Experts warn that about 100,000 people living in the country could be cut off from the internet for weeks.
Two days ago the eruption of the Hanga Tonga-Hunga Ha’bai volcano covered Tonga in ashes, triggering a Pacific-scale tsunami that killed two people in Peru by a hurricane.
Neighboring countries and international organizations continue to assess the extent of the damage. New Zealand Prime Minister Jacinta Artern said on Sunday they were “significant”.
New Zealand and Australia sent spy planes on Monday to assess the damage and made C-130 military transport planes to drop or land supplies if the runways were deemed operational.
A volcanic eruption on Saturday severely damaged the ash-covered capital Nuku’aloba and severed an underwater communications cable that could take up to two weeks to recover.
The eruption was felt as far as Alaska, thus reaching the Pacific coast from Japan to the United States.
“We know there is an immediate need for water,” Artern told reporters, adding that New Zealand relies on satellite phones to communicate with the country.
Artern added that the spy planes would help the Tongan government report the extent of the damage caused by the volcano and tsunami and identify assistance needs.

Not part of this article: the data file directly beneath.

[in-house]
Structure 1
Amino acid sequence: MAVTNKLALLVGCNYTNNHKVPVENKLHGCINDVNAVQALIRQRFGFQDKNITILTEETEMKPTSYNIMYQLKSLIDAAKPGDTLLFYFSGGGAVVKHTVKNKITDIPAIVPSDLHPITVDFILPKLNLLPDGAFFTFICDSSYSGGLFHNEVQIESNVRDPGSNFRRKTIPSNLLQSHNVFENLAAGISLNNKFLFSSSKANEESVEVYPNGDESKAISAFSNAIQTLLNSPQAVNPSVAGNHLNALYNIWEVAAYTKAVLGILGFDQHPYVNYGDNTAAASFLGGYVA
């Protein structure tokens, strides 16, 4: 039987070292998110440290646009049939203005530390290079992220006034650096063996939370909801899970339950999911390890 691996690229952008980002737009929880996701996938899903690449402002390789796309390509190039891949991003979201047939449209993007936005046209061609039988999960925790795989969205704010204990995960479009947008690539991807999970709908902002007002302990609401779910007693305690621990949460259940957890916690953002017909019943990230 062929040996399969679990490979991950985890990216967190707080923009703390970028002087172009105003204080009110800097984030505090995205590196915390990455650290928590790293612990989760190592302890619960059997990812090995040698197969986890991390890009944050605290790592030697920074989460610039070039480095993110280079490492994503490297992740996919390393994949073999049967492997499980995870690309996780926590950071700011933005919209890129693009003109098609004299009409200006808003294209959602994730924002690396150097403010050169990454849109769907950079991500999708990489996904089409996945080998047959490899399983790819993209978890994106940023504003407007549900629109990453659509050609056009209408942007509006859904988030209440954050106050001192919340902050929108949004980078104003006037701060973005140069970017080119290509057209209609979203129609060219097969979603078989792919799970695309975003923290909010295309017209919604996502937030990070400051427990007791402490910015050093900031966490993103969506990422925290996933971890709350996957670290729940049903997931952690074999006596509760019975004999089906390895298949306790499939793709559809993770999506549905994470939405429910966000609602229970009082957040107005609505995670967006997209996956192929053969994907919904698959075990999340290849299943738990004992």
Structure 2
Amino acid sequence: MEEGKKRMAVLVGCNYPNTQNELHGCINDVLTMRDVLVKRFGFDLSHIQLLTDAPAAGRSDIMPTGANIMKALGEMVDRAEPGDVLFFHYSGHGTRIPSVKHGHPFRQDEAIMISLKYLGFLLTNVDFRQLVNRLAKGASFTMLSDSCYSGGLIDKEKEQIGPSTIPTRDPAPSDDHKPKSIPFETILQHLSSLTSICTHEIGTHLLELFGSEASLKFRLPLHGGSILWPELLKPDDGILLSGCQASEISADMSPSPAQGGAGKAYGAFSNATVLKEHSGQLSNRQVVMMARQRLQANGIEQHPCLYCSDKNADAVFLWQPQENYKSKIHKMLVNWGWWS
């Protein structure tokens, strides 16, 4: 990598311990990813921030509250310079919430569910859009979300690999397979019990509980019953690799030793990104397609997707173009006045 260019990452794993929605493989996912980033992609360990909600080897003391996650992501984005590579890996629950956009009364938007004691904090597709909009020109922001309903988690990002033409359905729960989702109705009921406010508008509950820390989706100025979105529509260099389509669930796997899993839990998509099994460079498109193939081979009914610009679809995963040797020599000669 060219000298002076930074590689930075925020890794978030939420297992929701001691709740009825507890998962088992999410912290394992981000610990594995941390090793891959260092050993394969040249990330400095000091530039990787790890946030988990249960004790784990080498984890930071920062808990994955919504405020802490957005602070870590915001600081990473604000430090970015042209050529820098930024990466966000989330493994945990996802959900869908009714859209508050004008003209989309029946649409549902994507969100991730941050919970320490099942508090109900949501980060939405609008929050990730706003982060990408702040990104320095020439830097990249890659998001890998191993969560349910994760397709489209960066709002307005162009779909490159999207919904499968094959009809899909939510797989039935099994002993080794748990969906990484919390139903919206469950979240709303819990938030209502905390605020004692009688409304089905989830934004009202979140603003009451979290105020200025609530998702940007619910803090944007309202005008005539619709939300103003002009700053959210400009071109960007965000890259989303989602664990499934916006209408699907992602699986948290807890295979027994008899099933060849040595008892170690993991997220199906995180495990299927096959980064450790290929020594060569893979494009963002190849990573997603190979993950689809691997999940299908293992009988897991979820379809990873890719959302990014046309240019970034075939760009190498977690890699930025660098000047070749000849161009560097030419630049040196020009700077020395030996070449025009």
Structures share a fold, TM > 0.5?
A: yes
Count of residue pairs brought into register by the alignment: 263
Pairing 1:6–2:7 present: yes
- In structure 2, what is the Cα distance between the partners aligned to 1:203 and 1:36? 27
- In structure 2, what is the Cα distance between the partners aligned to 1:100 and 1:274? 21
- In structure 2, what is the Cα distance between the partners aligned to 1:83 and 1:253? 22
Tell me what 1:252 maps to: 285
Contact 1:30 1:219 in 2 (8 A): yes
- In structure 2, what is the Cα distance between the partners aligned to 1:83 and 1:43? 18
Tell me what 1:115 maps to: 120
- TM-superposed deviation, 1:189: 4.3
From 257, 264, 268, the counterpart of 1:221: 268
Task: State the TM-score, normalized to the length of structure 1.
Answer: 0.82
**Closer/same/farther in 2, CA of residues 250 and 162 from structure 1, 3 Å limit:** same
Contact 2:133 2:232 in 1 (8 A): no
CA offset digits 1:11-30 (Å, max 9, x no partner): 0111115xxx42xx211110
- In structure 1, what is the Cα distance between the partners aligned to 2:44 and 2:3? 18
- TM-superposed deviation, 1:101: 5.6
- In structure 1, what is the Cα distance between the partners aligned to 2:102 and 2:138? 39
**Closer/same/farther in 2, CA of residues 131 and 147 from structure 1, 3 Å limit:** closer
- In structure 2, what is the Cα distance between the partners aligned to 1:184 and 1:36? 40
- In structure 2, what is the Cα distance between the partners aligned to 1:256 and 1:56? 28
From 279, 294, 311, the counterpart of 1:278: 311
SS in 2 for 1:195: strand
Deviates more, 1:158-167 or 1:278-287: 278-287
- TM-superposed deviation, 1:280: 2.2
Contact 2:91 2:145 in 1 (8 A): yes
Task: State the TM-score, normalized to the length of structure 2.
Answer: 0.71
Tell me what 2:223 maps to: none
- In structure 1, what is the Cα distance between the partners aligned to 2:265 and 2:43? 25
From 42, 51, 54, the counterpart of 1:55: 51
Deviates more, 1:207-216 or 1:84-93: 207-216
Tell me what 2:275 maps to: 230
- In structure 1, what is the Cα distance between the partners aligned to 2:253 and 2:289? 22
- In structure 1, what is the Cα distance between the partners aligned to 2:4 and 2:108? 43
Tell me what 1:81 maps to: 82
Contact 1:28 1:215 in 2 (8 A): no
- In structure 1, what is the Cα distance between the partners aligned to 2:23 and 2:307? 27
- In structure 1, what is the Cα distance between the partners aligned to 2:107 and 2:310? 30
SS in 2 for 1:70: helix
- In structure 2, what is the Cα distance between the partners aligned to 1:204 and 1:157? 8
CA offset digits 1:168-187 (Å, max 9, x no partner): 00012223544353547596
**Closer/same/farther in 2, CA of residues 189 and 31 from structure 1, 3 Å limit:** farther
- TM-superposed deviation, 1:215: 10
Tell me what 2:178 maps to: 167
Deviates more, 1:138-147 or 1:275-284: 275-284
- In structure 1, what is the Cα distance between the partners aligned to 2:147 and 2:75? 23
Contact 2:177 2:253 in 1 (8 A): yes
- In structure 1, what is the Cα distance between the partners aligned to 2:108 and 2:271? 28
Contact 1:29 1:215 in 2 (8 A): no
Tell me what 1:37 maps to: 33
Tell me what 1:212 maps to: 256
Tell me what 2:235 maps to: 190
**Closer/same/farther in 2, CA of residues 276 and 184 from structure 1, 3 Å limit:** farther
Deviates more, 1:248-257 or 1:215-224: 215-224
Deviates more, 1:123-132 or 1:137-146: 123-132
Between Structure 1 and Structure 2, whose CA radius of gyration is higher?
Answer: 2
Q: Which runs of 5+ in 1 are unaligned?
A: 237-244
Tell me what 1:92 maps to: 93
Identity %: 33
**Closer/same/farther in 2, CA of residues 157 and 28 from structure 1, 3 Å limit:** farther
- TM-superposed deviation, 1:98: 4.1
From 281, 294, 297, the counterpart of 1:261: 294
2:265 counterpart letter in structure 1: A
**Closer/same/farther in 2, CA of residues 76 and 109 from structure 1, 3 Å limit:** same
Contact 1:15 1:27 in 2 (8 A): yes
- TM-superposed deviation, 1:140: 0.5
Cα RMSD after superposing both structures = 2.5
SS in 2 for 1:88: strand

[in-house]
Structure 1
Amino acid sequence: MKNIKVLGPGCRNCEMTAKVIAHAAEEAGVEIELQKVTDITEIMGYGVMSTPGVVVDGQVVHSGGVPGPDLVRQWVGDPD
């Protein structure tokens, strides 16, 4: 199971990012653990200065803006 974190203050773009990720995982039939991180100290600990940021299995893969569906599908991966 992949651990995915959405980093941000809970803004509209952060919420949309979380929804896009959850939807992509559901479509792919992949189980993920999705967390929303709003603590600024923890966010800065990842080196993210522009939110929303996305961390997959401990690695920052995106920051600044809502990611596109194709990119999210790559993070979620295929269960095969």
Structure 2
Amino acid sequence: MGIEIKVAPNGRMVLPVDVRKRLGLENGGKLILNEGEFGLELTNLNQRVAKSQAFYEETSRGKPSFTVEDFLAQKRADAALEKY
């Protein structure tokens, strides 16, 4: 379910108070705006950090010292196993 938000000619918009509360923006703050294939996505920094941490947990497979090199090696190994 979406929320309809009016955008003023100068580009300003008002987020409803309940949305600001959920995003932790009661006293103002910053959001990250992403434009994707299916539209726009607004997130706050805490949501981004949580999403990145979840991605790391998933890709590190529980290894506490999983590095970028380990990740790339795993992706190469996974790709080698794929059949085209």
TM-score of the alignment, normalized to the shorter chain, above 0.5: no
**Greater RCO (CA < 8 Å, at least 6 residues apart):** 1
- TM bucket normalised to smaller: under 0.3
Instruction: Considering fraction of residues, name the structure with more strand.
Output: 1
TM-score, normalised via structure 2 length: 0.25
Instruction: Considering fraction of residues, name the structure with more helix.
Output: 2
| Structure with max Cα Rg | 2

Speaking to the New Zealand embassy in Tonga, the Prime Minister described boats and “large boulders” plying off the north coast of Nuku’aloba.
The New Zealand Defense Minister explained that for his part the island nation was able to restore electricity to “large areas” of the city.
– “We know nothing” –
With communication stalled, Tongan people outside the country are actively trying to talk to their loved ones.
“I could not contact my family, no contact,” Filibo Modulalo, a journalist with the Pacific Media Network, told AFP. “Our house is already in the immediate vicinity of the flooded area so we don’t know how much damage was done,” he said.
Modulalo said many Tongan people abroad are worried. “The worst thing is the darkness and we know nothing,” he said.
Many people worry about the elderly facing the volcanic dusty air.
Southern Cross Cable Network Network Director Dean Weverka told AFP the Internet could be down for two weeks.
“We are getting false information, but the cable seems to be disconnected,” he said. “Repairs can take up to two weeks.”
Southern Cross is a subsidiary of Tonga Cable Ltd., which owns the 872-kilometer cable that connects the island nation to Fiji and from there to the rest of the world.
It was initially believed that the failure was due to a power outage after the explosion. However, subsequent testing after the power supply was restored revealed a break in the cable.
Tonga was already cut off for two weeks in 2019 when the ship’s anchor severed the cable. To allow minimal contact with the outside world, a small domestically operated satellite service was established.
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